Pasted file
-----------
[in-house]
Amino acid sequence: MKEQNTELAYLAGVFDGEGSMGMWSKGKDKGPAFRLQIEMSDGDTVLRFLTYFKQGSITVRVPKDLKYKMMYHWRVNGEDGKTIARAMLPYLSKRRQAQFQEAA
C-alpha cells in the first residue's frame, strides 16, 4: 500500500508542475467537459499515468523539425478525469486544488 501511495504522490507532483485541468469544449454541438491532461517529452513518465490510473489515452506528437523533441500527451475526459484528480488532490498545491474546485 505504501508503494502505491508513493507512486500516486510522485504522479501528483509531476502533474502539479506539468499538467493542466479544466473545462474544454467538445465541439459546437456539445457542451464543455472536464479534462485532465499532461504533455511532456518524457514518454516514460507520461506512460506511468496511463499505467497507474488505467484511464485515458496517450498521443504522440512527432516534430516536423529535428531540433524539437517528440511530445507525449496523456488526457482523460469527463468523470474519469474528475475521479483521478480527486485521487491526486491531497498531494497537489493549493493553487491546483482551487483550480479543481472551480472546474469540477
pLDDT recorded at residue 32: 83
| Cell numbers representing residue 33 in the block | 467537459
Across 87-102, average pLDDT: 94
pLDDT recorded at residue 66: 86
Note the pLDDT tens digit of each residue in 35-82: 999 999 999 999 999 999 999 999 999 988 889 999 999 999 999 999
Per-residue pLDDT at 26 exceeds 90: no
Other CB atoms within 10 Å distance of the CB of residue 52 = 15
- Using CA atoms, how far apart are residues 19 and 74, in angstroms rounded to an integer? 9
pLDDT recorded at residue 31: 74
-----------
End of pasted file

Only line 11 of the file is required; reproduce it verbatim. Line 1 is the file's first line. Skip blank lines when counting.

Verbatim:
- Using CA atoms, how far apart are residues 19 and 74, in angstroms rounded to an integer? 9